who shows what she is trying to learn through writing isn’t afraid to ask children what they are trying to learn through their own writing . . . Truth seekers have a way of helping others to get at the truth. They question children just as they question themselves.

And here’s Peterson and Eeds again echoing that idea:

Teachers need to remember that teaching is easy only when students are asked to become consumers of conventional views. Teachers who use dialogue as a means for [children to] interpret a text must value the dynamic, ever-changing characters of meaning making . . . The words ‘I think I’m changing my mind‘ should come to be valued, whether uttered by students or teachers.

Of course, a learning stance is hard to take if you’re worried about test scores and evaluations. But with Leonardo as inspiration, CCIRA is inviting us to leave the Dark Ages of fear and compliance behind and step into the light of a new Renaissance. And to do that, I think it behooves us to look back and remember those early workshop pioneers from our own Classical Age. There’s much that we can learn from them and much that should be revived. I’m looking forward to it!

Vicki Vinton is a literacy consultant and writer who  has worked in schools and districts across the country and around the world.  She is the author of Dynamic Teaching for Deeper Reading: Shifting to a Problem-Based Approach (2017), and coauthor of What Readers Really Do: Teaching the Process of Meaning Making and The Power of Grammar: Unconventional Approaches to the Conventions of Language.  Vicki is also author of the novel The Jungle Law. Additionally, you can find Vicki online, at the popular literacy blog To Make a Prairie (www.tomakeaprairie.com). Find her on Twitter @vickivintonTMAP.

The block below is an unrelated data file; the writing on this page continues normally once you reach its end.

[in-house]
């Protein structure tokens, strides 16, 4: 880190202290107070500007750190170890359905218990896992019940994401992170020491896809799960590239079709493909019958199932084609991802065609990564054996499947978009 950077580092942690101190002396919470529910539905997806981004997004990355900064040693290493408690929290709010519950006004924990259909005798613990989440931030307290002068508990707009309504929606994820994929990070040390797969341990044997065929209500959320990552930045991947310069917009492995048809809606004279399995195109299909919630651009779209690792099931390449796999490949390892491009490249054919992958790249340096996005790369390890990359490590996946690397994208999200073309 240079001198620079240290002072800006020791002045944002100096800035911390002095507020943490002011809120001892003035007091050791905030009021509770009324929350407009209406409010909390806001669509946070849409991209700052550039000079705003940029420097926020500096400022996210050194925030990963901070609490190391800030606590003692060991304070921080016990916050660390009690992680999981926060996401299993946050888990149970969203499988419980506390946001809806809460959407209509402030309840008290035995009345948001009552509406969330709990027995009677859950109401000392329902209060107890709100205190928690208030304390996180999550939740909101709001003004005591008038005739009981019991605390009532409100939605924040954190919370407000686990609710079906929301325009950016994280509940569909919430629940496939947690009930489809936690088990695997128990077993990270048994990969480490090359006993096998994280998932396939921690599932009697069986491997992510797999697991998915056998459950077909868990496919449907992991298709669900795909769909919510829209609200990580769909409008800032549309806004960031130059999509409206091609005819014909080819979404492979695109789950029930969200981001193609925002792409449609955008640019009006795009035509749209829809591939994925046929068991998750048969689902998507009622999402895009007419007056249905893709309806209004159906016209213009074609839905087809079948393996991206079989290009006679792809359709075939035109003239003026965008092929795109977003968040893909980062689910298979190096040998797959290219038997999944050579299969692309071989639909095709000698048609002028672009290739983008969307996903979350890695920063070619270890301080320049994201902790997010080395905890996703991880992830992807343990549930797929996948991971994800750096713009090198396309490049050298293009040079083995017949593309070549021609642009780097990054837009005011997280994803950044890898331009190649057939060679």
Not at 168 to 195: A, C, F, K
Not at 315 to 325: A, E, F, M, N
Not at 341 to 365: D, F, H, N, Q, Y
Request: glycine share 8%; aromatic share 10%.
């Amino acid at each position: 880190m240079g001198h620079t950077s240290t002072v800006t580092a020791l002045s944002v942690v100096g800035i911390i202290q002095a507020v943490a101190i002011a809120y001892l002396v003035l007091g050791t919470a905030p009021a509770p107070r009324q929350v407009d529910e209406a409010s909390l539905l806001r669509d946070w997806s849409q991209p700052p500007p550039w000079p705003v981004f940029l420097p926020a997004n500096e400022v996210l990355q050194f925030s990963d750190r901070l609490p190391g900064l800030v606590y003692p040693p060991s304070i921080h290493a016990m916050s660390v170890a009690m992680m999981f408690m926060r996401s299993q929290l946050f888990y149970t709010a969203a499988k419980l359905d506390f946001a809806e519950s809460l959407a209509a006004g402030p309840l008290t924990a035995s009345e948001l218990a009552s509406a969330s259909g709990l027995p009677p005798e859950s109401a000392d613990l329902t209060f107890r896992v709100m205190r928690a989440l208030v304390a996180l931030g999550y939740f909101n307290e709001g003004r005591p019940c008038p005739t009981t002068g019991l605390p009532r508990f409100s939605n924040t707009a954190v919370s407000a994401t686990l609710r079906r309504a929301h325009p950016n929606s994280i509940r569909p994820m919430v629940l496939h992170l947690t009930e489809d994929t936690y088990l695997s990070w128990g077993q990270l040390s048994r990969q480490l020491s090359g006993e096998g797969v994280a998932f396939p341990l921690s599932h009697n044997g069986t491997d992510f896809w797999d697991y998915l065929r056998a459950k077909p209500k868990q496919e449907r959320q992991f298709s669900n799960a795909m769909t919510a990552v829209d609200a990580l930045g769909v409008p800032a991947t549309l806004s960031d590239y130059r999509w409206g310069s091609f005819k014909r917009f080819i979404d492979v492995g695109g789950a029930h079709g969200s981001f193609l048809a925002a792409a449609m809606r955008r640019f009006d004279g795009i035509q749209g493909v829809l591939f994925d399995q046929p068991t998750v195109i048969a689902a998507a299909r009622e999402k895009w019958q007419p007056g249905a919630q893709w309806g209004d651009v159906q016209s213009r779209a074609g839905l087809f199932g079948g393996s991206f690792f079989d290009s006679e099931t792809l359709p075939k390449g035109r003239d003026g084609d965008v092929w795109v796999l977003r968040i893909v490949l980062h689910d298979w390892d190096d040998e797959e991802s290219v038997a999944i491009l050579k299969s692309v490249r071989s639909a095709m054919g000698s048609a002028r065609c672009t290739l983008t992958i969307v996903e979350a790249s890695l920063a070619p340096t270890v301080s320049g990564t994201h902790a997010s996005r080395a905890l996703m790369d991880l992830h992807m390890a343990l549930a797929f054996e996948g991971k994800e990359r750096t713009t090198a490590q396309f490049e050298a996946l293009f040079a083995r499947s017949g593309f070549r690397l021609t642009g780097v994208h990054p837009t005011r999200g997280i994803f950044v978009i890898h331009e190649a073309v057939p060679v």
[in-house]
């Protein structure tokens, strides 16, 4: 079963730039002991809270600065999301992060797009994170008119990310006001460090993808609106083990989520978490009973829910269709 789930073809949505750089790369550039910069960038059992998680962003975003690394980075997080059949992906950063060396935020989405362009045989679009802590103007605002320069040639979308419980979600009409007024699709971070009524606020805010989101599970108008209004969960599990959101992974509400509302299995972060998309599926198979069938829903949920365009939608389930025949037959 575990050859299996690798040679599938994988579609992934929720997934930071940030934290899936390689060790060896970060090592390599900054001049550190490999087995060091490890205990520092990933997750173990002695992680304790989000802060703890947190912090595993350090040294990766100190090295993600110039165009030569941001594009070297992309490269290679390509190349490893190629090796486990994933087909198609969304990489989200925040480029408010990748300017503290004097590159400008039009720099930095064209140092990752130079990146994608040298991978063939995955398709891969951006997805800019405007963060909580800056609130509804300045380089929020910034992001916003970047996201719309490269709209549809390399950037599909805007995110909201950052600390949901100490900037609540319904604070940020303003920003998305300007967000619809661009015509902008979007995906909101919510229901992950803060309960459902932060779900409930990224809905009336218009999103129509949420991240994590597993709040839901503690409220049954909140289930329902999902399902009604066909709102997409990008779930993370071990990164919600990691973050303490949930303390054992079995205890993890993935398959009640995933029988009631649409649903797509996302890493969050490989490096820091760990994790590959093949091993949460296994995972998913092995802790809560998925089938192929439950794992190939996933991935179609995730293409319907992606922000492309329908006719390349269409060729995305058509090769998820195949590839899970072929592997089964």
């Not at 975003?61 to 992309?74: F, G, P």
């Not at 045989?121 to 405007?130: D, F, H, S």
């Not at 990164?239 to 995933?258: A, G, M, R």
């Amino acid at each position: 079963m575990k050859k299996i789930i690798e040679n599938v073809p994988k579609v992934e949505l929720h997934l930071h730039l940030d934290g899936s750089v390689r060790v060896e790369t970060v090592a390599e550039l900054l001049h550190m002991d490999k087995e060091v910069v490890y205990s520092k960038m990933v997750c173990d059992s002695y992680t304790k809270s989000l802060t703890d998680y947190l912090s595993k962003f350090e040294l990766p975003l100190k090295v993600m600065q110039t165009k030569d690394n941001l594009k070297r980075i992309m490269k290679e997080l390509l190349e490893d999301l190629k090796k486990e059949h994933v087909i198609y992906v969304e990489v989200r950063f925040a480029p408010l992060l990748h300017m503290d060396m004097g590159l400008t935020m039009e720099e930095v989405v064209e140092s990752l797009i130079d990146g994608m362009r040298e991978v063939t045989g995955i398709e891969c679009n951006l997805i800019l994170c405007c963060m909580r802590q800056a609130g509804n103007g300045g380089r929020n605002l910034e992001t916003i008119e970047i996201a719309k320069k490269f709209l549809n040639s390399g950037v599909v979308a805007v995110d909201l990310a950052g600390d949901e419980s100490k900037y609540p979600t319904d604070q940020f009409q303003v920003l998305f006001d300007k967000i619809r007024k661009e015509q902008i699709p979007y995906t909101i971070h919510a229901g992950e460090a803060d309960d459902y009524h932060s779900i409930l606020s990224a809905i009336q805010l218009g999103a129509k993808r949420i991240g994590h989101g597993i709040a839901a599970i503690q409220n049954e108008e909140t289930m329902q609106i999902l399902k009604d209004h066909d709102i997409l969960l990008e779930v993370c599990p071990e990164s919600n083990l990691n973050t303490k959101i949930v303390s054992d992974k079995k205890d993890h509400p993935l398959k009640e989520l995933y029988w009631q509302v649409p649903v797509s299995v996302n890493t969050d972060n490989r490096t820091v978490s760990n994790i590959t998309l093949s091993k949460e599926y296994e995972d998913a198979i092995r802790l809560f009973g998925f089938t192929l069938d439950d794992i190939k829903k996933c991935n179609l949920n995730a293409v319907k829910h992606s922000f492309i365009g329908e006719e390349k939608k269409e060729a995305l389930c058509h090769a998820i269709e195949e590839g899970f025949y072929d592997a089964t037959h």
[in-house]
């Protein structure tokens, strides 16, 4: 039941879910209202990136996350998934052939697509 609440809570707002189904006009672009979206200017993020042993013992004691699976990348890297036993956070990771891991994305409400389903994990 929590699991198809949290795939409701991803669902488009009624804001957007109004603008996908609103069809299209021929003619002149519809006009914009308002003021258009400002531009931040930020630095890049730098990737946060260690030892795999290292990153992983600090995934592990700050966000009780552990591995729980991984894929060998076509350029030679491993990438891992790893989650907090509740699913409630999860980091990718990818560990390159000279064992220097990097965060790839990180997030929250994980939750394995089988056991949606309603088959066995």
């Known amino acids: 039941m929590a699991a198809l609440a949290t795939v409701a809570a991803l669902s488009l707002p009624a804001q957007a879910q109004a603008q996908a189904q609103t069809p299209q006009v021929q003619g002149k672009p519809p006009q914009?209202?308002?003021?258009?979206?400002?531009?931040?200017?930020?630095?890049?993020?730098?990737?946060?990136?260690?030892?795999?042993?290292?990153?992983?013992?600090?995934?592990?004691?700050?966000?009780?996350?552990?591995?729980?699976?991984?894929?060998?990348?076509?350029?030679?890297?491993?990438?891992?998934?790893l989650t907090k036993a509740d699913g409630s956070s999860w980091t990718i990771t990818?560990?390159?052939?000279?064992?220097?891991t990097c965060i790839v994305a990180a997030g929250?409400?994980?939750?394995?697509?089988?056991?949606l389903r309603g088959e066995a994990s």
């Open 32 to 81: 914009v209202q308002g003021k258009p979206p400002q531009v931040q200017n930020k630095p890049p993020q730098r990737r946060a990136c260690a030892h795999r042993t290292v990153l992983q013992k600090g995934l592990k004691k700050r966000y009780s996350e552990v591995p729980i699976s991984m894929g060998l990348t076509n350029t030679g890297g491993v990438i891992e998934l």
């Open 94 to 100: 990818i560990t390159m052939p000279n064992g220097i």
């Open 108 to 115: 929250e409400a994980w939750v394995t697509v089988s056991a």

The Importance of Being a Teacher-Writer

by Stacey Shubitz

Last winter, I enrolled my daughter in aerial arts classes. I checked the instructor’s qualifications because the idea of her hanging upside down from a piece of silk fabric frightened me. The instructor had been performing and teaching aerial arts for a decade. That said, I still observed the instructor carefully during my daughter’s trial class. The instructor demonstrated before the kids to tried anything. I noticed he talked each student through the moves as she spotted them on the silks, repositioning hands, supporting bodies, and using specific praise at the end of each turn on the silk. She knew what to say and how to instruct because she was a practitioner. Just as I expect my daughter to have a proficient aerial artist teaching her, I want all children to learn how to write from teachers who are writing practitioners.
…..
Lucy Calkins (2013, 23) published several bottom line conditions for effective writing instruction:

  • Writing needs to be taught like any other basic skill, with explicit instruction and   ample opportunity for practice.
  • Children deserve to write for real purposes, to write the kinds of texts that they see in the world and to write for an audience of readers.
  • Writers write to put meaning onto the page. Children invest themselves in their writing when they choose topics that are important to them.
  • Children deserve to be explicitly taught how to write.
  • Children deserve the opportunity and instruction to cycle through the writing process.
  • To write well, children need opportunities to read and to hear texts read, and to read as writers.
  • Children need clear goals and frequent feedback.

I love these statements. I believe there is one other essential necessary for children to receive effective writing instruction:

Every student, in every writing classroom, deserves to be taught by a teacher who writes.

When a teacher writes, there are benefits for both the teacher and for the students.
Teachers know first-hand the obstacles their students will face and what to do about it.
Over the years, I’ve learned several key things that have helped me work with children by being a writer myself: